Our spelling policy is wobbly to begin with, as it states a "preference for American English" except and than goes on to list a very incomplete list of places. This article did not at any point have one consistent spelling, if you indeed want to make it all spelled British (which doesn't make sense to me as this article is not in fact about Britain), go ahead and do so; consistently throughout the article. And your assertion as to nobody using "kilometers" is just plain wrong, as it is the scientific standard to use the metric system even in the US and the leading nation in science are the US after all. Furthermore German spells it "Kilometer" but that's neither here nor there. Did I mention that I am in favor of consistency? If you change the spelling of the whole page to British, I won't revert it, I promise. But I don't like some half-assed "centre" here "neighbor" there and some words just all over the place. Imagine if the prime minister of Canada were to issue a statement which meanders between British and American spelling. We would question his sanity and ability to lead more than we already do... Best wishes and no harm intended Hobbitschuster (talk) 12:07, 26 June 2015 (UTC)
"City centre" was consistently English for five years, until you started changing things arbitrarily. I don't see an issue that needed "fixing". K7L (talk) 12:17, 26 June 2015 (UTC)
I don't have any preference for one type of English over another, but wouldn't we all agree that articles should be internally consistent in spelling, absent a really good reason otherwise? Ikan Kekek (talk) 19:53, 26 June 2015 (UTC)
I could be "internally consistent" with the English spellings, and still come back one edit later to find someone has forced the American spellings back in... even if American versions weren't what was originally there. I was seeing that constantly with the time travel joke, for instance, where the content was heavily British Empire but spelling kept being changed. Usually, unless there's some reason to favour or favor one version (such as an article about a place which actually speaks one or the other, like London/Westminster), spelling is left well enough alone - it might get looked at if an article is being heavily revised for a Star nomination, but not before. Renting a car isn't a place, the way Washington, DC or the "London theatre district" are, and there's no reason to force it to anything other than whatever the original contributor used. When I write validly that "most of the Renting a car#Car sharing vehicles are in the city centre" and the next edit is "you're doing it wrong" (when "centre" is a valid English word), my first reaction is "fine, go write the article yourself - I was only trying to contribute". K7L (talk) 20:05, 26 June 2015 (UTC)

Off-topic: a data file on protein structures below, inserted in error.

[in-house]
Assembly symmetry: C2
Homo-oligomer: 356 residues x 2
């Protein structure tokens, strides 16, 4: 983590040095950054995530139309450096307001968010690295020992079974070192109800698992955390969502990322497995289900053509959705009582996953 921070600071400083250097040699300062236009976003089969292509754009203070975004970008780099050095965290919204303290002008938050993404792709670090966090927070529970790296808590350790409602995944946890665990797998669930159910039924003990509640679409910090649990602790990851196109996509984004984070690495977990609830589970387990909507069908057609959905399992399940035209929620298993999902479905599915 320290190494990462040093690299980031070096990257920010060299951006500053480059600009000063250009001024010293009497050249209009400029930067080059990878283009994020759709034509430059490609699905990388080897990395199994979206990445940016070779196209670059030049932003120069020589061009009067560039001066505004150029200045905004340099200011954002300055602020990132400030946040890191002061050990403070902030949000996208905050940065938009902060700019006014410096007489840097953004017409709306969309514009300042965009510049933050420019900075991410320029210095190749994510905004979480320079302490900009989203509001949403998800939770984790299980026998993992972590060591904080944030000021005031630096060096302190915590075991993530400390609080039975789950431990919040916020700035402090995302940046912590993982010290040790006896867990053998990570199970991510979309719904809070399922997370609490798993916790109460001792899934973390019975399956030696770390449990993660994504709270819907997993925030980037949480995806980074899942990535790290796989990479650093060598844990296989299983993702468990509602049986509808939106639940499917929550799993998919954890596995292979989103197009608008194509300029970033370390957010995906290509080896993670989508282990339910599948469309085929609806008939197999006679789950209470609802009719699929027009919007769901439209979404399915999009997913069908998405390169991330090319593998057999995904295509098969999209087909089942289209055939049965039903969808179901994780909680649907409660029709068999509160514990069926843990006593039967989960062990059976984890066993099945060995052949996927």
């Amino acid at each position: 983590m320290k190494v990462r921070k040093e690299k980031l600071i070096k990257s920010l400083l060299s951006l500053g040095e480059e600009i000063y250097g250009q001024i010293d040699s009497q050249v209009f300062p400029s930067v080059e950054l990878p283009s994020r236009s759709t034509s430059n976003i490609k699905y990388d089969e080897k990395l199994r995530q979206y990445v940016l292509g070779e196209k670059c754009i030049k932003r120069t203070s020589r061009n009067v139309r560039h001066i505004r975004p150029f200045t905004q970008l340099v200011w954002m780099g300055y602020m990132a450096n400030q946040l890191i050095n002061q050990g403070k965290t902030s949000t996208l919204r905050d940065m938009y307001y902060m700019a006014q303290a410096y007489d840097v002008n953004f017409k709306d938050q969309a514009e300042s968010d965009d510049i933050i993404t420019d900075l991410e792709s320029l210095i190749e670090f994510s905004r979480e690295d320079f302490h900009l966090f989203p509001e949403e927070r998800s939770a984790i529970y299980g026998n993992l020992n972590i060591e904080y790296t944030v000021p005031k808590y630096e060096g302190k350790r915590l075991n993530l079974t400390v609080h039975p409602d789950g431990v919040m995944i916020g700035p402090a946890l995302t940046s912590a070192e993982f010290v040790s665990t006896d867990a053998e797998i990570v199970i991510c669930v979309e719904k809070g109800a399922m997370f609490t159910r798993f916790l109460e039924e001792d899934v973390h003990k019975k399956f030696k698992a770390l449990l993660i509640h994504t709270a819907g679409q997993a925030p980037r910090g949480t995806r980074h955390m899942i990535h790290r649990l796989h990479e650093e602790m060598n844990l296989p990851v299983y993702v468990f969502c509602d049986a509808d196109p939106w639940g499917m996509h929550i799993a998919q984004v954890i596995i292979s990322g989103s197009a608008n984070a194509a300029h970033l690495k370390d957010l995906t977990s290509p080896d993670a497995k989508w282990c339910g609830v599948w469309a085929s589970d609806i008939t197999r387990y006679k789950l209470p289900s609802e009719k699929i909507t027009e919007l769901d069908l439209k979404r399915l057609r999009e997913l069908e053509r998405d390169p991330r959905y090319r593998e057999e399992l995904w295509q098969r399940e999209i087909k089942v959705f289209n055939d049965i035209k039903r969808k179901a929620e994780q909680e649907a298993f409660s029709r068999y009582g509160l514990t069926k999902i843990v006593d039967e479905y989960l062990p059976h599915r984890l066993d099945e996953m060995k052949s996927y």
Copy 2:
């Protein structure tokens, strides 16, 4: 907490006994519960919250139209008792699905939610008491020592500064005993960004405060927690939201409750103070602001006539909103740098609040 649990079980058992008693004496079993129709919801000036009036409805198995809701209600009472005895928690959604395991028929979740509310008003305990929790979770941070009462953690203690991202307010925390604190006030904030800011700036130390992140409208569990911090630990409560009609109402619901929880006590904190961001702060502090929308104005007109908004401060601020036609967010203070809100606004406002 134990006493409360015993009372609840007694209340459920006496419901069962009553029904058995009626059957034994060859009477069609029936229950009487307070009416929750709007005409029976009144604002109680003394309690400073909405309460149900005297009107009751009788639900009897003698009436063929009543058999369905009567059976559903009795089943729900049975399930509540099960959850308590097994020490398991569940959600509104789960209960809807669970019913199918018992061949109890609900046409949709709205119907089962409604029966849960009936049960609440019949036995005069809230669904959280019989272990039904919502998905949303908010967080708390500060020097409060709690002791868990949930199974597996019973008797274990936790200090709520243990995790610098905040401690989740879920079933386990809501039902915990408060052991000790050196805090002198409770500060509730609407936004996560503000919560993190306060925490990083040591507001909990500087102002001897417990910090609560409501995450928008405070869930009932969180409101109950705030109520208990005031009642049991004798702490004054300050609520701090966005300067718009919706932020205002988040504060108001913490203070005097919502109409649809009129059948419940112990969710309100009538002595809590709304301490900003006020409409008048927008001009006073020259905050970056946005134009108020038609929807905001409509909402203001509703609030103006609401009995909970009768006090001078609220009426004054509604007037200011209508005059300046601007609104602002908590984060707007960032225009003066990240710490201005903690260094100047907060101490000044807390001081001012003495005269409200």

I was not trying to imply that. But as other parts of the article were already in American English, I tried to make one the standard by default. And as I, my spellcheck and this very wiki all have varying degrees of preference for the American variety, I just thought that a good idea. And sorry for only replying just now, I did not have internet over the weekend; my old PC is slowly but surely going the way of all silicates... Hobbitschuster (talk) 21:40, 28 June 2015 (UTC)

Subheadings[edit]

Currently the subheadings of this article are rather long words, which makes the TOC in the banner messy. Any suggestions on how to improve that, without making the subheadings nonsensical? Hobbitschuster (talk) 10:19, 26 June 2015 (UTC)

Perhaps many of what are currently second-level (==) headings should be third-level (===) in order to keep the number of ToC entries reasonable? K7L (talk) 12:08, 26 June 2015 (UTC)

AARP[edit]

I'm unsure about the edit replacing "groups like AA, AARP, AAA/CAA, ADAC..." with "automobile associations". As much as I don't speak American, the AARP is *not* an automobile association — it's the American Association of Retired Persons, a senior's organisation. AAA is the American Automobile Association. K7L (talk) 12:08, 26 June 2015 (UTC)

I'd agree with this replacement, since association acronyms may duplicate, and AARP means nothing by itself. If you follow South Park then the 'NAMBLA' episode might provide some context :) --Andrewssi2 (talk) 02:06, 28 June 2015 (UTC)
Furthermore it was overly focused on the Anglosphere and - with the exception of the aforementioned AARP - on the "legacy" automotive associations that are known for their political slant (either pro car or anti everything else depending on where you stand yourself) and while they are dominant in membership over their "green" counterparts (if only for the obvious reason that many environmentally conscious people don't own a car in the first place), we should not promote one over the other, as even a membership in the "obscure" ADFC (German cyclist's association) can get you discounts at some places. It might still be a good idea to rephrase somewhat. Hobbitschuster (talk) 21:44, 28 June 2015 (UTC)

Translate to Turkish[edit]

Why is Turkish version of this page (oto kiralama) is empty.

Presumably because noone has yet translated it. By all means plunge forward in the Turkish WV (if it exists) Hobbitschuster (talk) 19:03, 4 February 2016 (UTC)